Collectively, the team at Shadow Foundr has raised in excess of £80m in equity funding, from their networks of business angels and investors over a period of 6 years. We understand Crowdfunding is an exciting concept but we also understand the importance of putting the investors’ interests and compliance at the core of the activity.
Extensive due diligence is carried out by the team; valuations and entrepreneurs are questioned in depth; and the validity of opportunities is scrutinised, before we seek firm commitments to fund a significant proportion of a target fund-raise amount, by our existing investor network.
Once these commitments are in place, our platform allows every-day investors to invest directly into these pre-vetted, early-stage companies and Small to Medium Sized Enterprises (SME’s).
Shadow Foundr's ability to call on an established network of business angels and other professional investors, including family offices, venture capital and other authorised financial institutions, to commit to an opportunity before it is presented on the platform, should provide comfort for crowd investors.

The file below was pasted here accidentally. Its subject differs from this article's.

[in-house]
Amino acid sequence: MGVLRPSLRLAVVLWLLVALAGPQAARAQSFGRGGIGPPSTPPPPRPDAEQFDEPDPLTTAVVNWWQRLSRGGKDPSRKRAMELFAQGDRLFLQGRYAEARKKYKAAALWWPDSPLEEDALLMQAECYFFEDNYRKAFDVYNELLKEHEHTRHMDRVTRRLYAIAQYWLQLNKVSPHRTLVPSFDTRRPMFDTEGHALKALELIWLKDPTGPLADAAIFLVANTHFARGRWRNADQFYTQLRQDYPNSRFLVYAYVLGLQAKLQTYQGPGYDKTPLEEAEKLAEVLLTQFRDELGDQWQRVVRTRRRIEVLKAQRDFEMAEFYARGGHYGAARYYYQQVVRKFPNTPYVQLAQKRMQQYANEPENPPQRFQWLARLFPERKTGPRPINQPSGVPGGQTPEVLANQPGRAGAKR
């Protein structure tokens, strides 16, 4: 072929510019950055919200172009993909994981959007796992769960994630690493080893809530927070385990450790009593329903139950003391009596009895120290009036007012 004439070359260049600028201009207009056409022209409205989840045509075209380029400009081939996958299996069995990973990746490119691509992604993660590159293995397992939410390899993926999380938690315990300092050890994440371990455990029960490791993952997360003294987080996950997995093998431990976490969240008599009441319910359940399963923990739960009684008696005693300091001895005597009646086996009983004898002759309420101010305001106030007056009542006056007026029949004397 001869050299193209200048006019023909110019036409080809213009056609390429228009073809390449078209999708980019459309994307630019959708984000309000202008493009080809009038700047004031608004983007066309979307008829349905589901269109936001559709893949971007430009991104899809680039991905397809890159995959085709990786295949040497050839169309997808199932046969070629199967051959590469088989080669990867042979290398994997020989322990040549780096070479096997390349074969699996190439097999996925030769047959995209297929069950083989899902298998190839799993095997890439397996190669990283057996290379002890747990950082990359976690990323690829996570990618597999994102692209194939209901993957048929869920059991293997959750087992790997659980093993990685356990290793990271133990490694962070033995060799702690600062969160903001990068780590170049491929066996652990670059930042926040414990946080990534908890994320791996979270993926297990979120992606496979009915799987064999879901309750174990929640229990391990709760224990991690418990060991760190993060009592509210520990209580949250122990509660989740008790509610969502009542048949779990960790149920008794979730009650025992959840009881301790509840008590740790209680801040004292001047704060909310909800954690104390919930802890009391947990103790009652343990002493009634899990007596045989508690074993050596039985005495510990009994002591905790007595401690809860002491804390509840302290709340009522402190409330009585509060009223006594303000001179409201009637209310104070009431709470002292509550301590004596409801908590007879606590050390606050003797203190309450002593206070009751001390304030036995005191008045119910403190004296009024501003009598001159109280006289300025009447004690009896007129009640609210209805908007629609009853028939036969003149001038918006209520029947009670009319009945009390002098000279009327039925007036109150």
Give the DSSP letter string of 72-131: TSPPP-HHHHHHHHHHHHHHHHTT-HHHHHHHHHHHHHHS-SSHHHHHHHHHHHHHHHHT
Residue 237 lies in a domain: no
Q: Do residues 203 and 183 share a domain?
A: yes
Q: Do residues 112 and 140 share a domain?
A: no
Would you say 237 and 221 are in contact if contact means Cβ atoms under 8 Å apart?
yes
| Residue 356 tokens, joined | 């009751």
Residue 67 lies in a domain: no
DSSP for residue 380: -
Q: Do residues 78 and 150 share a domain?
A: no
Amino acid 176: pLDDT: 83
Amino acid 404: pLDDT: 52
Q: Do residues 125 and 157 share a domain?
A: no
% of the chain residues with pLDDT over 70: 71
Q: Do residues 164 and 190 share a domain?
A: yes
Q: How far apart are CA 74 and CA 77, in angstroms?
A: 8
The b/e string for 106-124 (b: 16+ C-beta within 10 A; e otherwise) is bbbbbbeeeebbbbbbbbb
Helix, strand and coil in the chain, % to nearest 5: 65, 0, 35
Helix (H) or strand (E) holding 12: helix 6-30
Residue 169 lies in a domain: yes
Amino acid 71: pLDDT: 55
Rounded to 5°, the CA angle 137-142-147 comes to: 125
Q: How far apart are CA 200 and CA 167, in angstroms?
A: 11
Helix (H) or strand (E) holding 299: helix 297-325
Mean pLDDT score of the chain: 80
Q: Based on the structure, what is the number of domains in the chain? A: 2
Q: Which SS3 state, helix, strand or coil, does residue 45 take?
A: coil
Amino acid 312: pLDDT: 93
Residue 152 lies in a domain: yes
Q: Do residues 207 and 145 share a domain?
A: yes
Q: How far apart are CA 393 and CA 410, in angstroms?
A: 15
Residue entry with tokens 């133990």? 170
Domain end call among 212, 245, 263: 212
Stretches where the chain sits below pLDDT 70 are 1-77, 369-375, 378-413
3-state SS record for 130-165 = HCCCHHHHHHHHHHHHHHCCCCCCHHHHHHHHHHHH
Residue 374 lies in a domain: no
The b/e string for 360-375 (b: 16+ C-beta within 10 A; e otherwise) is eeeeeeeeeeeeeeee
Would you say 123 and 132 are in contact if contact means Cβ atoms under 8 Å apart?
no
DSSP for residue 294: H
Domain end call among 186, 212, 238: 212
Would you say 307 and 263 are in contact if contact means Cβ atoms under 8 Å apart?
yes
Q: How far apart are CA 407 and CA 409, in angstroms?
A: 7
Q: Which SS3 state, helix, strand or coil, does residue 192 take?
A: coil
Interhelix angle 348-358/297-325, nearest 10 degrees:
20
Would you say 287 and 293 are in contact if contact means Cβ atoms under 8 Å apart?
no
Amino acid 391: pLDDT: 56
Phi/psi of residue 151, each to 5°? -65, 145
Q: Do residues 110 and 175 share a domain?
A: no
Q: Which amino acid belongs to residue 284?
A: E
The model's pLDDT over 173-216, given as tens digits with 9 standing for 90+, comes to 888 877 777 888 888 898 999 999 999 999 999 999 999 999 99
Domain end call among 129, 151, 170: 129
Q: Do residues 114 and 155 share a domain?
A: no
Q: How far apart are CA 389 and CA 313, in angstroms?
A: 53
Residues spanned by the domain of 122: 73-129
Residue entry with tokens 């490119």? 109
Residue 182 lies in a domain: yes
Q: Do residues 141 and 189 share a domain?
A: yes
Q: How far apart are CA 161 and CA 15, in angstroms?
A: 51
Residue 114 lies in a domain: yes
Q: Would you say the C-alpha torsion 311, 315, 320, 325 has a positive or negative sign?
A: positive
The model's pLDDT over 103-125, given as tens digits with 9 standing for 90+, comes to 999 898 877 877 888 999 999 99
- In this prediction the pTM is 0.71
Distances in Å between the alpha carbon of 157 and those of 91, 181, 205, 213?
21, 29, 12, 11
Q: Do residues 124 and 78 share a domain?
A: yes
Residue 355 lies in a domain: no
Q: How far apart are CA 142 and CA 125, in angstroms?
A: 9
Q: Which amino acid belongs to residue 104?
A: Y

Crowdfunding is the buzz word in Alternative Finance. The term describes the process of pooling cash together from many individuals (the crowd), to help fund start-up businesses and innovative ideas. There are three basic areas within the crowdfunding sector – Rewards Based Crowdfunding; Equity Crowdfunding; and Peer to Peer Lending (P2P).
Rewards Based Crowdfunding – This is where people give funds to a business or idea, in exchange for goods or services. The crowd funds the opportunity, so that it can move forward and in return for their funds, the crowd is promised goods or services as opposed to shares in the business and any potential financial reward.
Equity Crowdfunding – This is where the crowd become equity investors and they actually purchase shares in the business. As shareholders in the business, the investors will share in any upside should the business succeed. It is important to note however that if the business fails, then the investors stand to lose all of their investment. This is the reason the Government has implemented SEIS (Seed Enterprise Investment Scheme) and EIS (Enterprise Investment Scheme), as both of these schemes offer excellent incentives to equity investors and also help mitigate some of the risks associated with equity crowdfunding.\r\n\r\n
Peer to Peer Lending (P2P) – This is where individual investors lend cash usually on a platform, to businesses that have been pre-vetted by that platform and have provided a form of security. The returns are generally higher than those of a traditional financial institution, but much lower than the potential returns from equity crowdfunding. This is reflected by a much lower risk than equity crowdfunding, thanks to the security put up by the business.
Crowdfunding is a great method of bringing much needed funds to innovative ideas and allowing everyday investors to take part in the early funding rounds of companies that were previously only accessible to venture capitalists and large institutions.